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CDC HIV/AIDS/Viral Hepatitis/STD/TB Prevention News Update

INTERNATIONAL: UNMC Part of International Hepatitis C Registry to Improve Treatment


WOWT Channel 6 (Omaha) (01.09.2014) Aids Weekly Plus

WOWT 6 reported that the University of Nebraska Medical Center (UNMC), a regional referral center for hepatitis C virus (HCV), would be part of the international Hepatitis C Therapeutic Registry and Research Network, also known as HCV-TARGET. In partnership with the US Food and Drug Administration and with support from pharmaceutical companies, the network will track thousands of patients throughout the next five years to identify which new HCV drugs are most effective and cause the fewest side effects. The network consisted of 103 sites in 31 US states, Puerto Rico, Canada, and Europe. According to Dr. Mark Mailliard, chief of UNMC’s Division of Gastroenterology and Hepatology, most of the drugs currently used to treat HCV—including interferon and ribavirin—had side effects and required injections. In contrast, drugs that would reach the market within the next five years will be more effective, not require injection, and have fewer side effects. Mailliard stated that the registry would collect information about which drugs were best for specific patients. Any patient taking the newer medications would be eligible to participate in the registry. Mailliard reported that the registry already had studied 2,000 patients and provided outcome data on more than 120 patients. The “treatment success rate was significantly better than the average rate.” Mailliard asserted that new treatments would reduce the risk for liver cancer and liver failure among hepatitis C patients. Hepatitis C is a blood-borne virus usually spread by sharing needles or syringes. Prior to 1992, when widespread blood supply screening began, blood transfusions also spread hepatitis C. Most hepatitis C-infected people in the United States are unaware of their infection. CDC reported 12,000 hepatitis C-related deaths annually. Baby boomers are the group most likely to have hepatitis C.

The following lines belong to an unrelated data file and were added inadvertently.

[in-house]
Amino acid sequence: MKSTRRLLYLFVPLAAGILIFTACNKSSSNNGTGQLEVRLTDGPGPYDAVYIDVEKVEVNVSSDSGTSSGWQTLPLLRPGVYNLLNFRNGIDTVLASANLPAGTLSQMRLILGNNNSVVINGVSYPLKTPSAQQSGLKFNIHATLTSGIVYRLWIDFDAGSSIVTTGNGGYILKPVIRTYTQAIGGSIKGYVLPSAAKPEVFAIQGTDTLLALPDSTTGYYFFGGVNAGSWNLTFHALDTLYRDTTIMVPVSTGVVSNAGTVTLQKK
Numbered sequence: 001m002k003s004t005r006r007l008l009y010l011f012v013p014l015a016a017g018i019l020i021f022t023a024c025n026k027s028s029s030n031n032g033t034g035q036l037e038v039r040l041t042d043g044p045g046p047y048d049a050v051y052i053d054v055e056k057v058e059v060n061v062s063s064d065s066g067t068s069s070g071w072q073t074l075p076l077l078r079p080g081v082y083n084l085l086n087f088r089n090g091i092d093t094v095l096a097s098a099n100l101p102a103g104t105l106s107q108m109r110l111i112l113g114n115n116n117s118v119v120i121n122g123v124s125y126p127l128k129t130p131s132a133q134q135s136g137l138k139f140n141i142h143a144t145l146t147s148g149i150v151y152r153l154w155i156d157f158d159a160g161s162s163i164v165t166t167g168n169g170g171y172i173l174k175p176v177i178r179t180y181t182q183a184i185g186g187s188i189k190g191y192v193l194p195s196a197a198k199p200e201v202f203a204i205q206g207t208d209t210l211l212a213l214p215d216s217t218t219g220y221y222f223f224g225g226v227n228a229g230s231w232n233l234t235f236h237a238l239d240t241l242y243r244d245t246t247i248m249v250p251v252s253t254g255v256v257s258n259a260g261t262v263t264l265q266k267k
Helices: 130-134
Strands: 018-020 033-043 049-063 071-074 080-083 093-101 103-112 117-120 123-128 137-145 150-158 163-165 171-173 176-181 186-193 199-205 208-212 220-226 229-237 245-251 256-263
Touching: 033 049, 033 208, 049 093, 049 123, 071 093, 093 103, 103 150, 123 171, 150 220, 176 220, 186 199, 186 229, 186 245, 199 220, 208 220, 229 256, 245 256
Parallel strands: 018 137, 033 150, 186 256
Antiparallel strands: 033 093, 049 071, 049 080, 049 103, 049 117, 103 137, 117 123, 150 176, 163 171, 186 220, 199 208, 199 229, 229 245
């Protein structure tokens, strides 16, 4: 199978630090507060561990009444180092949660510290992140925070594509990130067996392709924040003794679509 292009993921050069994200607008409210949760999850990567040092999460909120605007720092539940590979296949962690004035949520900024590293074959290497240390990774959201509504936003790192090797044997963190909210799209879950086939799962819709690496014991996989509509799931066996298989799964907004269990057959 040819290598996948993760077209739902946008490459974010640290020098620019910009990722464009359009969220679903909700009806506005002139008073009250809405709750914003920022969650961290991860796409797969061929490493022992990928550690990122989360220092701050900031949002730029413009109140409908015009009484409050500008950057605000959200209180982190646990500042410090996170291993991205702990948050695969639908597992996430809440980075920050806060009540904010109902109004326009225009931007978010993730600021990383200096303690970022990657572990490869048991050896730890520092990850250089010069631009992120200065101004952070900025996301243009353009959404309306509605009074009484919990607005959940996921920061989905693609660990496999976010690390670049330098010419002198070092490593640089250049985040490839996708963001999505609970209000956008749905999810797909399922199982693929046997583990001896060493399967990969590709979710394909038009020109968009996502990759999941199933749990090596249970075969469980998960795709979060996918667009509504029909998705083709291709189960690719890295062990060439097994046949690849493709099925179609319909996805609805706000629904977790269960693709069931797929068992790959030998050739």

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Information in this article was accurate in January 10, 2014. The state of the art may have changed since the publication date. This material is designed to support, not replace, the relationship that exists between you and your doctor. Always discuss treatment options with a doctor who specializes in treating HIV.